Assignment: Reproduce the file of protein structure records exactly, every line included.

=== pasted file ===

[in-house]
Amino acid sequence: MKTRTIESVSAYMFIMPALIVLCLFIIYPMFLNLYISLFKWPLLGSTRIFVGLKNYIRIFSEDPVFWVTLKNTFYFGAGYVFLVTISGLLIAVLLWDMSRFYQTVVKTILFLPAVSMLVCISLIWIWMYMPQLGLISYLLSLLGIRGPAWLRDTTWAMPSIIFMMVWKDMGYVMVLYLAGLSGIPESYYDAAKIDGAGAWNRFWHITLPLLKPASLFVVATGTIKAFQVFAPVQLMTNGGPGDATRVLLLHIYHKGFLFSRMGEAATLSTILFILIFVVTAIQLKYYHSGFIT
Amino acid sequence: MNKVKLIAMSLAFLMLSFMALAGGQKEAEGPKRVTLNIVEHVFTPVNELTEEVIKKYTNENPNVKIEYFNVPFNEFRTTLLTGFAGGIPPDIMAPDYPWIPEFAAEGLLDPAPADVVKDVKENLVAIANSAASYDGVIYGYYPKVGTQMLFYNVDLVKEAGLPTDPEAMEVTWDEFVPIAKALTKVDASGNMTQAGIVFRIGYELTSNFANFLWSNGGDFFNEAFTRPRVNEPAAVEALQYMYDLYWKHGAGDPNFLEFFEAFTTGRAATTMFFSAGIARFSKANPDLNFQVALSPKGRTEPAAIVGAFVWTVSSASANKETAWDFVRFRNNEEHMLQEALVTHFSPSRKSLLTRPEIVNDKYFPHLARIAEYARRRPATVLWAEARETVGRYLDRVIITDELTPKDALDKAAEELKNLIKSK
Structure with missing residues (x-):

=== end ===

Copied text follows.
[in-house]
Amino acid sequence: MKTRTIESVSAYMFIMPALIVLCLFIIYPMFLNLYISLFKWPLLGSTRIFVGLKNYIRIFSEDPVFWVTLKNTFYFGAGYVFLVTISGLLIAVLLWDMSRFYQTVVKTILFLPAVSMLVCISLIWIWMYMPQLGLISYLLSLLGIRGPAWLRDTTWAMPSIIFMMVWKDMGYVMVLYLAGLSGIPESYYDAAKIDGAGAWNRFWHITLPLLKPASLFVVATGTIKAFQVFAPVQLMTNGGPGDATRVLLLHIYHKGFLFSRMGEAATLSTILFILIFVVTAIQLKYYHSGFIT
Amino acid sequence: MNKVKLIAMSLAFLMLSFMALAGGQKEAEGPKRVTLNIVEHVFTPVNELTEEVIKKYTNENPNVKIEYFNVPFNEFRTTLLTGFAGGIPPDIMAPDYPWIPEFAAEGLLDPAPADVVKDVKENLVAIANSAASYDGVIYGYYPKVGTQMLFYNVDLVKEAGLPTDPEAMEVTWDEFVPIAKALTKVDASGNMTQAGIVFRIGYELTSNFANFLWSNGGDFFNEAFTRPRVNEPAAVEALQYMYDLYWKHGAGDPNFLEFFEAFTTGRAATTMFFSAGIARFSKANPDLNFQVALSPKGRTEPAAIVGAFVWTVSSASANKETAWDFVRFRNNEEHMLQEALVTHFSPSRKSLLTRPEIVNDKYFPHLARIAEYARRRPATVLWAEARETVGRYLDRVIITDELTPKDALDKAAEELKNLIKSK
Structure with missing residues (x-):